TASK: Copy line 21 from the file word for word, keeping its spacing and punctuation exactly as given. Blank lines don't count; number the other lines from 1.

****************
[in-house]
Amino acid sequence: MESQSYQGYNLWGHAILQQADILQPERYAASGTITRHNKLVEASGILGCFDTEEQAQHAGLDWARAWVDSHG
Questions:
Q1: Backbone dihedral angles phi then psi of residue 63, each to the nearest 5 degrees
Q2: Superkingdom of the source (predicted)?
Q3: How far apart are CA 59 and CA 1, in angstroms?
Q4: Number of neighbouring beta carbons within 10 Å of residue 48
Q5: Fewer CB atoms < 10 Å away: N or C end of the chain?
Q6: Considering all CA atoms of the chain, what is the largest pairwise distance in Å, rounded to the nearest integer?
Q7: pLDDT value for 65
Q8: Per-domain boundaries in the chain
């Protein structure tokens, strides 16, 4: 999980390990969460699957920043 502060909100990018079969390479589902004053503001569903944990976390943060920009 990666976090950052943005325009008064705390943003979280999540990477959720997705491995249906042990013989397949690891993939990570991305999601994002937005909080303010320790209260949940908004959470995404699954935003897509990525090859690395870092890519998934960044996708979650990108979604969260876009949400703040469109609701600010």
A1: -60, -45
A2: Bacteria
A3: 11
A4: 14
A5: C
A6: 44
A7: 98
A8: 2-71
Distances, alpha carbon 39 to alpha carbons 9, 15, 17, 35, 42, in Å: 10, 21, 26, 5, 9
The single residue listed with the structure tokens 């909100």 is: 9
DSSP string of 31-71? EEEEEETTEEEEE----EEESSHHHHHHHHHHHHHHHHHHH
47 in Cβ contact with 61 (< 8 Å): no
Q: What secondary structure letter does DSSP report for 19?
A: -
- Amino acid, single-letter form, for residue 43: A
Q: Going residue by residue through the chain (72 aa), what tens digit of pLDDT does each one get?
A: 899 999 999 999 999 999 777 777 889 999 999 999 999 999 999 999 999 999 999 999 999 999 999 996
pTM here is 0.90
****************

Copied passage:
Distances, alpha carbon 39 to alpha carbons 9, 15, 17, 35, 42, in Å: 10, 21, 26, 5, 9